UC-Santa Barbara study to track movement of giant sea bass

Computer technology and photographs are being used to monitor navigation of the endangered species.

VENTURA—Two university researchers are tracking the navigations of giant sea bass off the California coast, according to Channel Islands National Park staff.

A statement issued by the local national park said Ana Sofia Guerra and Francis Joyce, who are both affiliated with UC-Santa Barbara in Goleta, California, would rely on computer imaging technology and photographs captured by recreational divers to track the movements of giant sea bass. The UCSB study is the first of its kinds.

The research project will include a lecture, to be held at 7 p.m. on April 11, inside the Robert J. Lagomarsino Visitor Center at Channel Islands National Park. The lecture is sponsored by Channel Islands National Park and is part of the From Shore to Sea series.

“Giant sea bass are understudied, despite being the largest bony fish found along the California coast. They can grow [to more than] 700 pounds and seven feet in length, and can live up to 70 years,” Channel Islands National Park said in a statement. “Their extraordinary size and curious nature have attracted the attention of photographers for decades, a source of information Guerra and Joyce are tapping into to learn more about their ecology.”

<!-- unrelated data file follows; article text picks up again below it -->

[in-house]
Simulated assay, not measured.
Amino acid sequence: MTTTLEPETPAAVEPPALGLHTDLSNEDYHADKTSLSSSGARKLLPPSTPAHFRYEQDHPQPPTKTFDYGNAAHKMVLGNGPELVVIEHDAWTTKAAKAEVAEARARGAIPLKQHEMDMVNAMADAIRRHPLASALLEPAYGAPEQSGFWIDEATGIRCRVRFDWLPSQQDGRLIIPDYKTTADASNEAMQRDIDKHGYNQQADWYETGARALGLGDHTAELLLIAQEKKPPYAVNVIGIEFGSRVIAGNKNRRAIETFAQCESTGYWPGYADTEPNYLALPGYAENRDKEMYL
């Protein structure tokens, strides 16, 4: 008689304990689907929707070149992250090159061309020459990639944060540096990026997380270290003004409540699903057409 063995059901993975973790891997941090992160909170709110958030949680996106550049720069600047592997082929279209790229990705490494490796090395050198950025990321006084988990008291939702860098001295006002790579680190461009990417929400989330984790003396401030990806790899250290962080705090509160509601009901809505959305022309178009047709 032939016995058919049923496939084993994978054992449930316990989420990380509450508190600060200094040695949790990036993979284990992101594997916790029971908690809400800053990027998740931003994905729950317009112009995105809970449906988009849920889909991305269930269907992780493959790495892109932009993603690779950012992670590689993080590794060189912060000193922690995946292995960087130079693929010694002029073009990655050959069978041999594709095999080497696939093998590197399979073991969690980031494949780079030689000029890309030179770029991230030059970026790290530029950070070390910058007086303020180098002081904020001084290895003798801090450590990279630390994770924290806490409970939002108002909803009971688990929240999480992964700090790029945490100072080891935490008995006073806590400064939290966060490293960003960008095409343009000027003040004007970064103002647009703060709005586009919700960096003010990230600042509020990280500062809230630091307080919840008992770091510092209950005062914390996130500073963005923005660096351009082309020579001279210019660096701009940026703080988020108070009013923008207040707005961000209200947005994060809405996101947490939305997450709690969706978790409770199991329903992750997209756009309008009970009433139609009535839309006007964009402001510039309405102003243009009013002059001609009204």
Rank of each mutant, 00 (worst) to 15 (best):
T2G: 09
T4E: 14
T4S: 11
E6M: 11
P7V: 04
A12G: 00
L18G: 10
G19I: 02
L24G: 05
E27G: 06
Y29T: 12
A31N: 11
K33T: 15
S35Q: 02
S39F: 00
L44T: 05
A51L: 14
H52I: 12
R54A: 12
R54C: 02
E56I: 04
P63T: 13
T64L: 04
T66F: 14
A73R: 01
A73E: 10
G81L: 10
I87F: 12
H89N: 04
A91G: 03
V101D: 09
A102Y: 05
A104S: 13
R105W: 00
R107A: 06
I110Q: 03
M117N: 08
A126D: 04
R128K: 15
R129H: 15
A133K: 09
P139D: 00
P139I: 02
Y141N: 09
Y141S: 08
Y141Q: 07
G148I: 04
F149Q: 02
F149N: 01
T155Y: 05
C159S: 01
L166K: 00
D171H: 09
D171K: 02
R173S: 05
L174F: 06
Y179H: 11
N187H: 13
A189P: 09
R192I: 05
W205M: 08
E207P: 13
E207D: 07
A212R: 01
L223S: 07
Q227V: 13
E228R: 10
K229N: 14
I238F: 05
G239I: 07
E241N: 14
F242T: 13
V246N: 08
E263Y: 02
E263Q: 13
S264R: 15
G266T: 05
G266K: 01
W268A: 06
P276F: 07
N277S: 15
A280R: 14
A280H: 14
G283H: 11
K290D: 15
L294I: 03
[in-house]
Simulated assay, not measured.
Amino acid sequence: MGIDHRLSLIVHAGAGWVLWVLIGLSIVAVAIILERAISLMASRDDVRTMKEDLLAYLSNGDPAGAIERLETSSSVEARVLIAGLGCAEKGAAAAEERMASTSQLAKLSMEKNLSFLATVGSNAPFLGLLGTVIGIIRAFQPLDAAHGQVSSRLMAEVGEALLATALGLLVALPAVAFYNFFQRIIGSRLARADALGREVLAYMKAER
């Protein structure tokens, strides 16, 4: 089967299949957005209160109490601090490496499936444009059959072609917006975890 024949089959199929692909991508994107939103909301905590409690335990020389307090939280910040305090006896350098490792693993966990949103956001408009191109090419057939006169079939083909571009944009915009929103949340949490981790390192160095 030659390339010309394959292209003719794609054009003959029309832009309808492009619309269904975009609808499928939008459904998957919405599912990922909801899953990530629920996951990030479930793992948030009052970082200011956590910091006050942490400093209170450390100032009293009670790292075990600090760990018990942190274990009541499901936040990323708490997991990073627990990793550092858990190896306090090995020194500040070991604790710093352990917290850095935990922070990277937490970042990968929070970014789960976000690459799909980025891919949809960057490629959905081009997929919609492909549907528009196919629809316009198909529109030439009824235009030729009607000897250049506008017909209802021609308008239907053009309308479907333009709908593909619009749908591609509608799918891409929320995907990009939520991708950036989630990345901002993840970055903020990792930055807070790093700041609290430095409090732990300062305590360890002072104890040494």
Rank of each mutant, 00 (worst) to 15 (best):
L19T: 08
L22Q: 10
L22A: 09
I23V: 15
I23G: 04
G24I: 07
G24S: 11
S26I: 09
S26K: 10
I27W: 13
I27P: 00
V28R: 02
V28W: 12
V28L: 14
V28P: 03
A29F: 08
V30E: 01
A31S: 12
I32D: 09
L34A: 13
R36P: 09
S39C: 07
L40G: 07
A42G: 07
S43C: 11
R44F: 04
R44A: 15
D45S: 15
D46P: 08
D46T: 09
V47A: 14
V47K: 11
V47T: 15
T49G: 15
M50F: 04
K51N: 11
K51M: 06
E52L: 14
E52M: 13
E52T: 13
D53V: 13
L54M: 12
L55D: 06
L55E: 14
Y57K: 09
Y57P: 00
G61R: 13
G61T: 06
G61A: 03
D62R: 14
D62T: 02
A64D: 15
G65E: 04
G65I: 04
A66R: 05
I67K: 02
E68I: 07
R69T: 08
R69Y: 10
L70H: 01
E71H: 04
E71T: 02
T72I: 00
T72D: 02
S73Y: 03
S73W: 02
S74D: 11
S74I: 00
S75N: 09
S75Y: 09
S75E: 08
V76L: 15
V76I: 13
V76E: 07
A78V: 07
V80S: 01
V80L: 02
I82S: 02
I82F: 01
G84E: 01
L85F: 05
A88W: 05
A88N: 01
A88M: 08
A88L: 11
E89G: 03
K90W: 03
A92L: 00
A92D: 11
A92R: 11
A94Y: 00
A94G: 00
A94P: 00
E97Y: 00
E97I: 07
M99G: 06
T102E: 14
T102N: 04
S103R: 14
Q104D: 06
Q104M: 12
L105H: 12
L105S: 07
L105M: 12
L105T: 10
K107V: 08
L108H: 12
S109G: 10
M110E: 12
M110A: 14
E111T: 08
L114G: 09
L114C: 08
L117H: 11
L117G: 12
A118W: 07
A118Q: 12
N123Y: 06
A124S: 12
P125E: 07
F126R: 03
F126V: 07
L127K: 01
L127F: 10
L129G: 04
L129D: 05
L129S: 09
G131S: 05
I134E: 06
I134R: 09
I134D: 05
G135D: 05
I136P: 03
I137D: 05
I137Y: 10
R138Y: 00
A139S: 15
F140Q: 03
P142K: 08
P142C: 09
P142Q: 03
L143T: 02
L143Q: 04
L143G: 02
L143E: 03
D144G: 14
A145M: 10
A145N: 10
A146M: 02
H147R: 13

Giant sea bass are an apex predator and are known to play a critical role in Southern California’s local marine ecosystems.

“However, giant sea bass populations remain critically low due to overfishing in decades past and are listed as a critically endangered species by the International Union for Conservation of Nature,” the Channel Islands National Park statement said.

Guerra is working toward her PhD at UCSB; her studies include the behavior and ecology of animal aggressions, fish schools on coral reefs and western gull nesting at Channel Islands.

Joyce, meanwhile, is a researcher at UCSB’s Benioff Ocean Instiative; her focuses on marine conservation topics, from threatened species in the Santa Barbara Channel to global analyses of industrial fishing activity.

The Channel Islands National Park Robert J. Lagomarsino Visitor Center is at 1901 Spinnaker Drive in Ventura Harbor. The program is free and open to the public.

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